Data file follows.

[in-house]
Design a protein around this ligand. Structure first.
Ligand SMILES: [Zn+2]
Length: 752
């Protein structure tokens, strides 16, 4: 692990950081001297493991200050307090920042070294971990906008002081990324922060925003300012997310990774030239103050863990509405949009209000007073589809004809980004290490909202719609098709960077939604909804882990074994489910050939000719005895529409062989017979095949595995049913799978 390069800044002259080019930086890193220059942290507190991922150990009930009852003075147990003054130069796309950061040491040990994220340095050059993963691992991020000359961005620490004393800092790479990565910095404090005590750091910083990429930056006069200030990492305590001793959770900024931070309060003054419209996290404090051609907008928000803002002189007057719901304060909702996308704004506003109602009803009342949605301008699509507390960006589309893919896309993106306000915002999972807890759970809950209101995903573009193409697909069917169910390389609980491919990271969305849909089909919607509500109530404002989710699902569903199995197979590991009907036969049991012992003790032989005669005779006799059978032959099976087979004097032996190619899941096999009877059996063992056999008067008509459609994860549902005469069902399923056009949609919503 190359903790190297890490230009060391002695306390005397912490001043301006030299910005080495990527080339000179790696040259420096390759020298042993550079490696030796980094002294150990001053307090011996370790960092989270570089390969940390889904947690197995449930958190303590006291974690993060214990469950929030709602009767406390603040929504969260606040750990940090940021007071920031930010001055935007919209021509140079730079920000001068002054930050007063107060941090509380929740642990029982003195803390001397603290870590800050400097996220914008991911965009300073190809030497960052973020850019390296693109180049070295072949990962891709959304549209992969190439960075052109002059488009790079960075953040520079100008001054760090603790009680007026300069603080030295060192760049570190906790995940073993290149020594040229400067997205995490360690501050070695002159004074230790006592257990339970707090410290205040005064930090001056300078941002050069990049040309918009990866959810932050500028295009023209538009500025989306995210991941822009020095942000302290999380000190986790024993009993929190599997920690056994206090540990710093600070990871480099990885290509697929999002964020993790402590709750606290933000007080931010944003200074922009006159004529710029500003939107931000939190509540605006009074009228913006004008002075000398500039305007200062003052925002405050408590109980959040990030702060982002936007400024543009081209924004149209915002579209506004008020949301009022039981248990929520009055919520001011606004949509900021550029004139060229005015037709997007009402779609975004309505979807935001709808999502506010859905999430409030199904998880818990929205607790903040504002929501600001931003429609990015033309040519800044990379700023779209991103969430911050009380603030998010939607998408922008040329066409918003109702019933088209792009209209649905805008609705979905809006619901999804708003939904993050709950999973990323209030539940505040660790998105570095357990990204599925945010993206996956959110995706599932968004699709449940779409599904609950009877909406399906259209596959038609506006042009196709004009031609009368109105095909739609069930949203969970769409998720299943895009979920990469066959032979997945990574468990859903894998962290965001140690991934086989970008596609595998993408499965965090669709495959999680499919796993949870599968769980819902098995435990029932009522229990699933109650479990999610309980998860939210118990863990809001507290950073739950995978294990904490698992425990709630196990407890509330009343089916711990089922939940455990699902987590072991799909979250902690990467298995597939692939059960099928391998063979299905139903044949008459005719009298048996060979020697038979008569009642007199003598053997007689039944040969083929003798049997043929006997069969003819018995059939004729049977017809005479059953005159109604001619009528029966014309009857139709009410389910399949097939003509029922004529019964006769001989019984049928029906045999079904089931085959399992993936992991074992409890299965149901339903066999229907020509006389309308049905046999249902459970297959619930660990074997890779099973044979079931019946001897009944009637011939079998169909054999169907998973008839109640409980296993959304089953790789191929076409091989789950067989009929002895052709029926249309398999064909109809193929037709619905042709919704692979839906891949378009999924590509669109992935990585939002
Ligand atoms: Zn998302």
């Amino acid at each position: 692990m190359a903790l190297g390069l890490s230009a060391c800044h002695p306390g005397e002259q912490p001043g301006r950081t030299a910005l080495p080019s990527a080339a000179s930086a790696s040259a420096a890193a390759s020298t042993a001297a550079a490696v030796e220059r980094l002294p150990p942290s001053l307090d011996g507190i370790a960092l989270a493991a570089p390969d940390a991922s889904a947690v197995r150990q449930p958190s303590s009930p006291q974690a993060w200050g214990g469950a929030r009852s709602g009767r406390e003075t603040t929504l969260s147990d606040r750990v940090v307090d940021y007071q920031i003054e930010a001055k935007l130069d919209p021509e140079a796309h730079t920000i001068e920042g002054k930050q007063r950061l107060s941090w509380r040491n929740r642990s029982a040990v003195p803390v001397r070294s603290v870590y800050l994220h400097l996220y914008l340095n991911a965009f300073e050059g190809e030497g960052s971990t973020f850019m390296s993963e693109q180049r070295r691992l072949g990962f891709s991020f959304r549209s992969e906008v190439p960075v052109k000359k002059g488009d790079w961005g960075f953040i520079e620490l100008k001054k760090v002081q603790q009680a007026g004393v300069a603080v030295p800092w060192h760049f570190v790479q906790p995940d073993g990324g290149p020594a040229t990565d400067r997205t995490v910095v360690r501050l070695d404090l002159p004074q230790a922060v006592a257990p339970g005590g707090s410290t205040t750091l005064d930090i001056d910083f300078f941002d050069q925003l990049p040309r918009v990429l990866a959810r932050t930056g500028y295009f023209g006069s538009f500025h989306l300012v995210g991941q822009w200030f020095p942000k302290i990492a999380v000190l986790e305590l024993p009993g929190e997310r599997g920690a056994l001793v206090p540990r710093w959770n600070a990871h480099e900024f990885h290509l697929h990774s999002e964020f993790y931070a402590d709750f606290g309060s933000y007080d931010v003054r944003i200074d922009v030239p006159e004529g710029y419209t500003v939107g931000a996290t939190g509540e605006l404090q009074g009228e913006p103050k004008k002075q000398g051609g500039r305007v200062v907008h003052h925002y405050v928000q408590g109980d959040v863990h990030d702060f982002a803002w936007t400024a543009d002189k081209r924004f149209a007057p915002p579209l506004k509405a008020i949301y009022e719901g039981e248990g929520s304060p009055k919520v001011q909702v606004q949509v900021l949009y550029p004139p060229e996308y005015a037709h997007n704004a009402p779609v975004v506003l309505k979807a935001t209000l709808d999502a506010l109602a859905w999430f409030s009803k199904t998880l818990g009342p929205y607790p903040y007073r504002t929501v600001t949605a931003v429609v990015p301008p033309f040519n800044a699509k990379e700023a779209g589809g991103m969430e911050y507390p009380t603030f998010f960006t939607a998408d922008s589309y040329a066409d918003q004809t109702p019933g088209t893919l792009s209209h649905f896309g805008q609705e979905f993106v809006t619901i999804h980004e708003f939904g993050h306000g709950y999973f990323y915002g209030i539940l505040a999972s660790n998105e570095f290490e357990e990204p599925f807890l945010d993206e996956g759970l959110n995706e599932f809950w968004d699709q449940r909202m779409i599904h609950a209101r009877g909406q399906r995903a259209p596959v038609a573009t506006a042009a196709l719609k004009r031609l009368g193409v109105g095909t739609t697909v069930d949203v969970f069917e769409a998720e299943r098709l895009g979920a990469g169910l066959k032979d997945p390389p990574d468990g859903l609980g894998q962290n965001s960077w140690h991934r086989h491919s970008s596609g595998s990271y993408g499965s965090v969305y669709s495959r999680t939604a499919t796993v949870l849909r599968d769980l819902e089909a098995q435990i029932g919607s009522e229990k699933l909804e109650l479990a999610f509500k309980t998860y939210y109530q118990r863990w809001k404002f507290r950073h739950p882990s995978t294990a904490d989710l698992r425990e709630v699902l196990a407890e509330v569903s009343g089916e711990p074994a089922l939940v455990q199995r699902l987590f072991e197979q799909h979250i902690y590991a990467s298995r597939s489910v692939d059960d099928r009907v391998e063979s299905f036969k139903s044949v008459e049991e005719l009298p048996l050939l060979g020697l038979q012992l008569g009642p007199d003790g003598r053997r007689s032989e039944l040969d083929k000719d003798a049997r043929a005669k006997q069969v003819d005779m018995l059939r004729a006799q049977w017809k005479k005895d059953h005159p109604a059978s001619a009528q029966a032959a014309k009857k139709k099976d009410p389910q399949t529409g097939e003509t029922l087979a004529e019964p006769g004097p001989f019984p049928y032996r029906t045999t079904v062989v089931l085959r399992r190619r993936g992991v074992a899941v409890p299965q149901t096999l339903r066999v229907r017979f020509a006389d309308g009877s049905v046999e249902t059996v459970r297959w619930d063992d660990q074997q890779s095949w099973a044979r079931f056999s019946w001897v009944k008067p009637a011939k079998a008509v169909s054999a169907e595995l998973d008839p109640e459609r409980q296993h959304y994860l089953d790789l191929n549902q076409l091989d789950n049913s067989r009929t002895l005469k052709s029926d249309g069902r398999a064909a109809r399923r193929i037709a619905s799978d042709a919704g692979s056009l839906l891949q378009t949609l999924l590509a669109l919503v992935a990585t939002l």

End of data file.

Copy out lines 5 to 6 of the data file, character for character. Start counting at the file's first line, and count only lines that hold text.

């Protein structure tokens, strides 16, 4: 692990950081001297493991200050307090920042070294971990906008002081990324922060925003300012997310990774030239103050863990509405949009209000007073589809004809980004290490909202719609098709960077939604909804882990074994489910050939000719005895529409062989017979095949595995049913799978 390069800044002259080019930086890193220059942290507190991922150990009930009852003075147990003054130069796309950061040491040990994220340095050059993963691992991020000359961005620490004393800092790479990565910095404090005590750091910083990429930056006069200030990492305590001793959770900024931070309060003054419209996290404090051609907008928000803002002189007057719901304060909702996308704004506003109602009803009342949605301008699509507390960006589309893919896309993106306000915002999972807890759970809950209101995903573009193409697909069917169910390389609980491919990271969305849909089909919607509500109530404002989710699902569903199995197979590991009907036969049991012992003790032989005669005779006799059978032959099976087979004097032996190619899941096999009877059996063992056999008067008509459609994860549902005469069902399923056009949609919503 190359903790190297890490230009060391002695306390005397912490001043301006030299910005080495990527080339000179790696040259420096390759020298042993550079490696030796980094002294150990001053307090011996370790960092989270570089390969940390889904947690197995449930958190303590006291974690993060214990469950929030709602009767406390603040929504969260606040750990940090940021007071920031930010001055935007919209021509140079730079920000001068002054930050007063107060941090509380929740642990029982003195803390001397603290870590800050400097996220914008991911965009300073190809030497960052973020850019390296693109180049070295072949990962891709959304549209992969190439960075052109002059488009790079960075953040520079100008001054760090603790009680007026300069603080030295060192760049570190906790995940073993290149020594040229400067997205995490360690501050070695002159004074230790006592257990339970707090410290205040005064930090001056300078941002050069990049040309918009990866959810932050500028295009023209538009500025989306995210991941822009020095942000302290999380000190986790024993009993929190599997920690056994206090540990710093600070990871480099990885290509697929999002964020993790402590709750606290933000007080931010944003200074922009006159004529710029500003939107931000939190509540605006009074009228913006004008002075000398500039305007200062003052925002405050408590109980959040990030702060982002936007400024543009081209924004149209915002579209506004008020949301009022039981248990929520009055919520001011606004949509900021550029004139060229005015037709997007009402779609975004309505979807935001709808999502506010859905999430409030199904998880818990929205607790903040504002929501600001931003429609990015033309040519800044990379700023779209991103969430911050009380603030998010939607998408922008040329066409918003109702019933088209792009209209649905805008609705979905809006619901999804708003939904993050709950999973990323209030539940505040660790998105570095357990990204599925945010993206996956959110995706599932968004699709449940779409599904609950009877909406399906259209596959038609506006042009196709004009031609009368109105095909739609069930949203969970769409998720299943895009979920990469066959032979997945990574468990859903894998962290965001140690991934086989970008596609595998993408499965965090669709495959999680499919796993949870599968769980819902098995435990029932009522229990699933109650479990999610309980998860939210118990863990809001507290950073739950995978294990904490698992425990709630196990407890509330009343089916711990089922939940455990699902987590072991799909979250902690990467298995597939692939059960099928391998063979299905139903044949008459005719009298048996060979020697038979008569009642007199003598053997007689039944040969083929003798049997043929006997069969003819018995059939004729049977017809005479059953005159109604001619009528029966014309009857139709009410389910399949097939003509029922004529019964006769001989019984049928029906045999079904089931085959399992993936992991074992409890299965149901339903066999229907020509006389309308049905046999249902459970297959619930660990074997890779099973044979079931019946001897009944009637011939079998169909054999169907998973008839109640409980296993959304089953790789191929076409091989789950067989009929002895052709029926249309398999064909109809193929037709619905042709919704692979839906891949378009999924590509669109992935990585939002
Ligand atoms: Zn998302």